Every business owner wants their company to grow. After all, expansion is fundamental to any company’s long-term success. Yet what a lot of new entrepreneurs might not realize is that there’s such a thing as too much growth.
Over the past decade, the concept of “sustainable growth” has become extremely prevalent within the business community. The business plans of multinational giants and successful franchisees all revolve around this notion of sustainability. But how does it apply to first-time business owners?
Bursting at the Seams
Before attempting to tackle the business implications of sustainable growth, it’s worth setting out a clear definition. In essence, sustainable growth is the maximum rate at which a startup can grow internally without the need for external finance.
In order to find your company’s potential for sustainable growth, subtract its dividend payout ratio from one, and then multiply that figure by your company’s annual return on equity.
Above all else, this figure is one of the best possible signals regarding how your company should approach its long-term financial strategy.
Why is it Important?
If your company is just starting out, it’s pretty crucial for you to know precisely how far you’re able to expand without asking for someone else’s help. By regularly analyzing your company’s potential for sustainable growth, your company will be able to operate naturally within its own means.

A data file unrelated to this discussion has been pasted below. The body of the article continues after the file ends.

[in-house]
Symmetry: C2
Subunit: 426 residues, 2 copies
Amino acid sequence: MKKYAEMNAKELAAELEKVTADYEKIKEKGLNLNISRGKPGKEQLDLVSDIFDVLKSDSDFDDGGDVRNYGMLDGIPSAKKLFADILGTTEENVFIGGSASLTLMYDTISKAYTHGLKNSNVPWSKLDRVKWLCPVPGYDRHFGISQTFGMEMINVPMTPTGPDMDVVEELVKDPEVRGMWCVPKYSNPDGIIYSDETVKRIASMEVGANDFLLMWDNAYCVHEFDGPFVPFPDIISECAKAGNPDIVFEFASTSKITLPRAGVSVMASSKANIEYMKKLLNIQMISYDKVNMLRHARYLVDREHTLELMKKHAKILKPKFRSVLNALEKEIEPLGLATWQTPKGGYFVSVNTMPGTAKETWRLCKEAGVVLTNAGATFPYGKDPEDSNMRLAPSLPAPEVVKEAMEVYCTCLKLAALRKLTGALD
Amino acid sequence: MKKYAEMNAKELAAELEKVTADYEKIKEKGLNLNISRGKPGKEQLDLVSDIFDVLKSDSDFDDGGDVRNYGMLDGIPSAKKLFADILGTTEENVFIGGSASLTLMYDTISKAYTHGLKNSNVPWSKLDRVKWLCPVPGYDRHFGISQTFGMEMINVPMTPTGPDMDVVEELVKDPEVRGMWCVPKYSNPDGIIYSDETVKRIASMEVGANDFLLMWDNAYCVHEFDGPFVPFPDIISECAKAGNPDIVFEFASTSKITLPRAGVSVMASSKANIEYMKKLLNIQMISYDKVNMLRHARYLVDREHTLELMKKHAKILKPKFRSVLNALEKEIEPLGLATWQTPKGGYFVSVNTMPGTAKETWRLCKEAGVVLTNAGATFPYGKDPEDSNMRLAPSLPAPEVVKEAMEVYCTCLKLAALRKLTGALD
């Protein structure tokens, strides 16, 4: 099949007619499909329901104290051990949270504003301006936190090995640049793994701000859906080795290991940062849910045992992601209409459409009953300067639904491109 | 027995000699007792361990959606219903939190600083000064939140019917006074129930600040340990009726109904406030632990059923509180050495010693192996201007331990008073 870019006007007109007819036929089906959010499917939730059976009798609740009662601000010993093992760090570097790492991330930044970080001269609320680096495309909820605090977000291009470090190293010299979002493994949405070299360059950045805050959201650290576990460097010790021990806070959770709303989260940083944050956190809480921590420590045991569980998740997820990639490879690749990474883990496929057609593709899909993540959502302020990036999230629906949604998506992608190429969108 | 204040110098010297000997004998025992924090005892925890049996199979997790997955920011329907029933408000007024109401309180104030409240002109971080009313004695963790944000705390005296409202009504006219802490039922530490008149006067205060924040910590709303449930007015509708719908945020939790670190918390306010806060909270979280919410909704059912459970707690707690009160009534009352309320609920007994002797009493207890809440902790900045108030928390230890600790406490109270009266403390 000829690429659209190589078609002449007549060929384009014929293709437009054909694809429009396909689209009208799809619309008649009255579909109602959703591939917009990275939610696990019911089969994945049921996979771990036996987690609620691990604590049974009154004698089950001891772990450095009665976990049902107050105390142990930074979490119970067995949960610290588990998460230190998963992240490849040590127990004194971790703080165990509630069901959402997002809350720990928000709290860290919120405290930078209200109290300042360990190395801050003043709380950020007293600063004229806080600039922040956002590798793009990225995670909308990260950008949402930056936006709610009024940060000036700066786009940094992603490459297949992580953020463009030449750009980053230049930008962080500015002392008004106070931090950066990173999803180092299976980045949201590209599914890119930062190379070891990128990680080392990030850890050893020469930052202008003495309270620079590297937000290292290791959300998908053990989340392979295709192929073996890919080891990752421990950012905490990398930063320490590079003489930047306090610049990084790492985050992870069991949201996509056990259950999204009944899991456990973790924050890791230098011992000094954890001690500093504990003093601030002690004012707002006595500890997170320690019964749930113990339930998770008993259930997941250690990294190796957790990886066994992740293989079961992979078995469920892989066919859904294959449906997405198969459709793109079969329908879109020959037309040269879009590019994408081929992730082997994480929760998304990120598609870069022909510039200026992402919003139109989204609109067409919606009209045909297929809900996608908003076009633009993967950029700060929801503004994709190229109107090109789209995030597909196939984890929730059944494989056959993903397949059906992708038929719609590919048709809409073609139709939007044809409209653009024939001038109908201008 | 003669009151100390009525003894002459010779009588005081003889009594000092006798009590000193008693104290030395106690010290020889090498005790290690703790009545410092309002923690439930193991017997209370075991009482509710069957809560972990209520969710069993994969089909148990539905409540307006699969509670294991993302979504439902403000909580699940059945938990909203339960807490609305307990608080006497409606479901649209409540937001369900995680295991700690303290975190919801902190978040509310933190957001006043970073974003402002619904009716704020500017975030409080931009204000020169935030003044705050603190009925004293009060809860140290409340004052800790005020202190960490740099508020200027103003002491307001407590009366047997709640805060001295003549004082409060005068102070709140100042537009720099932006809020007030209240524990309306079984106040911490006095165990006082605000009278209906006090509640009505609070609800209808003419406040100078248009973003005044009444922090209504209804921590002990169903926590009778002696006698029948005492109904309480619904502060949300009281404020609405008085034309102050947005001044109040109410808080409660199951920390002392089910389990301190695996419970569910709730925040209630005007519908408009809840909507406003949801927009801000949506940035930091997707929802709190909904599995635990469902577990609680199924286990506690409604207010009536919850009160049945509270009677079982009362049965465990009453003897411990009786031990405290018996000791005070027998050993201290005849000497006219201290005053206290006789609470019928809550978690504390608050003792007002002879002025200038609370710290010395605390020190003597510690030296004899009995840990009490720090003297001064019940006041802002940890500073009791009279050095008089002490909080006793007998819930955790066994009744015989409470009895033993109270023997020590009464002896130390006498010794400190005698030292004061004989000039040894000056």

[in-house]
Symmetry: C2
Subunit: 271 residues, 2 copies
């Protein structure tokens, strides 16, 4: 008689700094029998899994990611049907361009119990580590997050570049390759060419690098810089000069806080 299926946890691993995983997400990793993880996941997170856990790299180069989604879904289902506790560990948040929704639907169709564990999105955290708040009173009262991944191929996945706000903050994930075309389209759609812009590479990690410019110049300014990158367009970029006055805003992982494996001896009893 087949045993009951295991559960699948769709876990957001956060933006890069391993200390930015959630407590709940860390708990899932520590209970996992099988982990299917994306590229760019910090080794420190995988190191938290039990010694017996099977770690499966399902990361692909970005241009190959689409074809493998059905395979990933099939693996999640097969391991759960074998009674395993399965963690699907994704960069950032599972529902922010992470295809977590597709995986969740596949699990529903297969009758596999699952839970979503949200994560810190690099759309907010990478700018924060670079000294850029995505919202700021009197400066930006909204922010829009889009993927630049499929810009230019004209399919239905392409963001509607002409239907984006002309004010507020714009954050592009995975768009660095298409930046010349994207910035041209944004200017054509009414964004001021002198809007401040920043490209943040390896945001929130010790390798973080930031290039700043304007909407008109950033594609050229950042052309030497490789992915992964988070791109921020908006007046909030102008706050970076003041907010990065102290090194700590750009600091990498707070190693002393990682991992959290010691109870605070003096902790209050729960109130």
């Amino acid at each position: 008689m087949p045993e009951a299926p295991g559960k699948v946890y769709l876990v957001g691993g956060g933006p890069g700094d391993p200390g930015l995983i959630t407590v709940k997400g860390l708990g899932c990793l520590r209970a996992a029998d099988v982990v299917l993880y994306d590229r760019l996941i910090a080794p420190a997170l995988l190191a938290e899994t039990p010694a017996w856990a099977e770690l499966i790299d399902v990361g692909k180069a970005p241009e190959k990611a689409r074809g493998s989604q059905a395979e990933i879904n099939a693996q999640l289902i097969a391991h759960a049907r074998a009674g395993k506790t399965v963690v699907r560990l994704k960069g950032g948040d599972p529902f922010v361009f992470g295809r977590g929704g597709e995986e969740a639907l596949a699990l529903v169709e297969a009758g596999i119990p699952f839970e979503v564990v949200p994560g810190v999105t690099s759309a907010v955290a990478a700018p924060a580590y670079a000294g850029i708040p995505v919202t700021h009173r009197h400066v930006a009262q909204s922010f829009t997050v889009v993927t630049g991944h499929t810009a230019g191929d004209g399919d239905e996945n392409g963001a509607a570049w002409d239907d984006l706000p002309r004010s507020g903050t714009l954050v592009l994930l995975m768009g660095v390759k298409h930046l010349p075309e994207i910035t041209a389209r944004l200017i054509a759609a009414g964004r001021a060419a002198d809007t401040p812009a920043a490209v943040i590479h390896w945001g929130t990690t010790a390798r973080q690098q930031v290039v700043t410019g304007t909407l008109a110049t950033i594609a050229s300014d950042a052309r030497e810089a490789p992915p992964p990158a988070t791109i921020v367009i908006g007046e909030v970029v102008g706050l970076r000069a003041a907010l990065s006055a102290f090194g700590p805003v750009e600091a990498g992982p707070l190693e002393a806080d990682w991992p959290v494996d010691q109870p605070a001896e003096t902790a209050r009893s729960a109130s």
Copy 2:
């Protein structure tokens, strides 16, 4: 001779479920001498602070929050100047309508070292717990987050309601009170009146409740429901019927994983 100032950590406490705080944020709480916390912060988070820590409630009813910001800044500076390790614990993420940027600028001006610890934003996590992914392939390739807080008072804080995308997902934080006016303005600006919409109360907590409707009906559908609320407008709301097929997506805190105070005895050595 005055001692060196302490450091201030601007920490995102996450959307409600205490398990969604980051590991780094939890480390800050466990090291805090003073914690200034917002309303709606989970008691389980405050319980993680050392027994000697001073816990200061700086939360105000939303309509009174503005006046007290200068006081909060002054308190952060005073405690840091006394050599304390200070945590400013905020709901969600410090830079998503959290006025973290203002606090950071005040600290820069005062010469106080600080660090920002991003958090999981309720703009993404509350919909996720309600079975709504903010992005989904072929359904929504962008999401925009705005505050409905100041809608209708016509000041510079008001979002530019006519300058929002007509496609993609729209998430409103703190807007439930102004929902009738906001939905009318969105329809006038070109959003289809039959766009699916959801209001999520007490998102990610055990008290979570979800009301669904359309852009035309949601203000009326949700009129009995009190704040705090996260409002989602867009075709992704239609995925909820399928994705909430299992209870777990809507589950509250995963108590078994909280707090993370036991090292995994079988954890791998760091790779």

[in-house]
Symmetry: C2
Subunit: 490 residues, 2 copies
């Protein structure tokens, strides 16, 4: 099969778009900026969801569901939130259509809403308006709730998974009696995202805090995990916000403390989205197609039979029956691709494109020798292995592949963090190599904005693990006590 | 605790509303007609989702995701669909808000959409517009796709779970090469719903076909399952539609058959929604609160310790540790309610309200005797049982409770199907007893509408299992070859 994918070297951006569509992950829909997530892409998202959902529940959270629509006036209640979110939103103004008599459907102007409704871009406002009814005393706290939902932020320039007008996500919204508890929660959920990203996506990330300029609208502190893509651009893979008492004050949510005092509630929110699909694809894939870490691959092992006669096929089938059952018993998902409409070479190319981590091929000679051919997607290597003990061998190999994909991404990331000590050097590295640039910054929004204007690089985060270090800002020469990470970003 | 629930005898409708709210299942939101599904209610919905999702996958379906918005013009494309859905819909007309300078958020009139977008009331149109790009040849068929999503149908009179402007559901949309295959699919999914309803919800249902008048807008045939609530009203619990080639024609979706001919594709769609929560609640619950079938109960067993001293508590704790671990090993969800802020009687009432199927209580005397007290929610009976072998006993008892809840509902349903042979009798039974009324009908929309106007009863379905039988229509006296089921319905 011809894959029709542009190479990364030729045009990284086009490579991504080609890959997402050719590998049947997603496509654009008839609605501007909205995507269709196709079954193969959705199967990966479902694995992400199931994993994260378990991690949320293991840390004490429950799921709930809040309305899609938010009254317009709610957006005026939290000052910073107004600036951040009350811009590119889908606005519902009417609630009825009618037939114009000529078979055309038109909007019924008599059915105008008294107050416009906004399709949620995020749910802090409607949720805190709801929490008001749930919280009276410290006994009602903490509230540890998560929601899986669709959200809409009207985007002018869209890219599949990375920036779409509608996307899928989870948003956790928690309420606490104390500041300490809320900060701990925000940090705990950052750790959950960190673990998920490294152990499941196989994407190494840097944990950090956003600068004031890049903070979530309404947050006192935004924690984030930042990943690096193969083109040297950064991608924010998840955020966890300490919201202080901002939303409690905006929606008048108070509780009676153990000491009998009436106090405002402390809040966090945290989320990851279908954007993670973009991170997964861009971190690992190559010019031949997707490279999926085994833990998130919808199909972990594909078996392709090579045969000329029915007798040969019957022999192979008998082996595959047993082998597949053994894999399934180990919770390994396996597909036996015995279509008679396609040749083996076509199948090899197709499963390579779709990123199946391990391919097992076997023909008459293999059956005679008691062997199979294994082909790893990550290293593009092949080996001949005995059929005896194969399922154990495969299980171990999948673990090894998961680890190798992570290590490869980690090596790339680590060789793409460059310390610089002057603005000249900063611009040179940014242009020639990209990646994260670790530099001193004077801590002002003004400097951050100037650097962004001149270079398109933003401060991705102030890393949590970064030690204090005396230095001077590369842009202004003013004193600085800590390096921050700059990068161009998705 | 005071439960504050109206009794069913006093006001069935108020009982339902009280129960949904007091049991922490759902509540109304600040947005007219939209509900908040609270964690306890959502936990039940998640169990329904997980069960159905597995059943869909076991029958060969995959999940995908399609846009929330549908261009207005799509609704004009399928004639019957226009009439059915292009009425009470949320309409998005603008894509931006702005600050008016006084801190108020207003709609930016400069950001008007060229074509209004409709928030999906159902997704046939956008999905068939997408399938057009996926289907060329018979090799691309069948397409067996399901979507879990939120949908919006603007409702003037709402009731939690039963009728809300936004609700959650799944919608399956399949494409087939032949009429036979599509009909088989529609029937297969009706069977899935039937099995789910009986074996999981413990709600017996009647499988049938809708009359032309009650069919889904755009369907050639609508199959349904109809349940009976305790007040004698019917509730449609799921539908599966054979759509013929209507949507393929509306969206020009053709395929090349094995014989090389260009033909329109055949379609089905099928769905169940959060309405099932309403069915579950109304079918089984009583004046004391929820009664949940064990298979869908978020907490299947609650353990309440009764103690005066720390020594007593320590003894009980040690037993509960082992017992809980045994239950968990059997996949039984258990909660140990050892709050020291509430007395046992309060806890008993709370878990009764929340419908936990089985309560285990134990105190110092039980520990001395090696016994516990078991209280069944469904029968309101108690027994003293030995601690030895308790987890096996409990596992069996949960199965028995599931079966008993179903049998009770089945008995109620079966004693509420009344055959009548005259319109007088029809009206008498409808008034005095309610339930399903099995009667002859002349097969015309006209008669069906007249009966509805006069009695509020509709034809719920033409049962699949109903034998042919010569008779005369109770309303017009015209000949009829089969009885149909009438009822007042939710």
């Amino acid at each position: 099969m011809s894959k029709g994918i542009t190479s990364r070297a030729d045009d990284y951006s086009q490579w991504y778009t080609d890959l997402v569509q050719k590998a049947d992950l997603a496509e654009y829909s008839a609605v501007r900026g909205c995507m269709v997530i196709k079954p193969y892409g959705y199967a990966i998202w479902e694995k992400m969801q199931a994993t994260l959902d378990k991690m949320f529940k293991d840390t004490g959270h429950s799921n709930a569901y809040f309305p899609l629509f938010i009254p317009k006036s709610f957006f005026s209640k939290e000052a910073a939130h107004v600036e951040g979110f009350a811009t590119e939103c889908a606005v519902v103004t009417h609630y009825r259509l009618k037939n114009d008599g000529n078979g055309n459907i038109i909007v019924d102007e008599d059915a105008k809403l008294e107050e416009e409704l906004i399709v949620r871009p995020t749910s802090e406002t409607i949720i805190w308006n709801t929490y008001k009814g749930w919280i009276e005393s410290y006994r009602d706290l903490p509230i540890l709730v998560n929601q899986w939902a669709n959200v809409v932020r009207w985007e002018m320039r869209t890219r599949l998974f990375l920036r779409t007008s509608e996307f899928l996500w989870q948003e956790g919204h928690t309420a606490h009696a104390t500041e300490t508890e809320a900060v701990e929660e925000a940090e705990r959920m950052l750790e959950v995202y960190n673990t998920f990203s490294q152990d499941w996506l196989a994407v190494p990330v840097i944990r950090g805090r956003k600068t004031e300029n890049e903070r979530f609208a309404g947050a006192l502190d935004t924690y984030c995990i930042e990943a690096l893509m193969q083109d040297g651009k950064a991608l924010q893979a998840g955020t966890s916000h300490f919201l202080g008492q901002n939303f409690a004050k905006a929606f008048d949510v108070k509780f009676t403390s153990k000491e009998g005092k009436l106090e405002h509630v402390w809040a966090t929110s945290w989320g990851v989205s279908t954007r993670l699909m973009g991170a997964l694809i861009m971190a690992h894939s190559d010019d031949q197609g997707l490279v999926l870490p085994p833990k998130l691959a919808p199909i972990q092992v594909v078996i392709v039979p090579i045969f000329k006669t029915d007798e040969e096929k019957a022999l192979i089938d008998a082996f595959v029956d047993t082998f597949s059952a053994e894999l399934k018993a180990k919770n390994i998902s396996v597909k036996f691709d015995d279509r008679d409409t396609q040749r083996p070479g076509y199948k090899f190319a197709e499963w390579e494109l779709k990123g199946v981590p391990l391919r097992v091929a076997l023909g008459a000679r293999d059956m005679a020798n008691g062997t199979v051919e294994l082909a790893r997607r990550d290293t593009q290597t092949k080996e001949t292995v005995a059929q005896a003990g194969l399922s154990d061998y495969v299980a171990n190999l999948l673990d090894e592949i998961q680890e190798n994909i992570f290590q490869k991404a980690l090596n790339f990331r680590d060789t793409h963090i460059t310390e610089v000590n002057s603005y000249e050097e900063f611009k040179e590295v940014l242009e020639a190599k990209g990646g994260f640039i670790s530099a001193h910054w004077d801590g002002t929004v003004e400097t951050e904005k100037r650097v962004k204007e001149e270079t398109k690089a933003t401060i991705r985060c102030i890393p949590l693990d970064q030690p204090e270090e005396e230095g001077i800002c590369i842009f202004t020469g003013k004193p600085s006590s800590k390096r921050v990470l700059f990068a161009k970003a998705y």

If your company has a level of growth that is above your sustainable growth level, that means you’ll have to pursue some form of external funding. There’s nothing wrong with raising funds to promote an aggressive short-term expansion strategy. In fact, this is fairly common amongst startups. There are countless organizations and accelerators willing to help fund a well-plotted growth strategy under reasonable terms.
Yet you should always be wary about taking on external funding. If you’re offered cash from venture capitalists and private investors, they’ll probably ask for some form of equity in your company. If you give away too much equity in your business, other firms or individuals will be able to influence corporate decisions later in your company’s life cycle. You should always be stingy when it comes to giving away equity so that your business decisions stay in your own hands.
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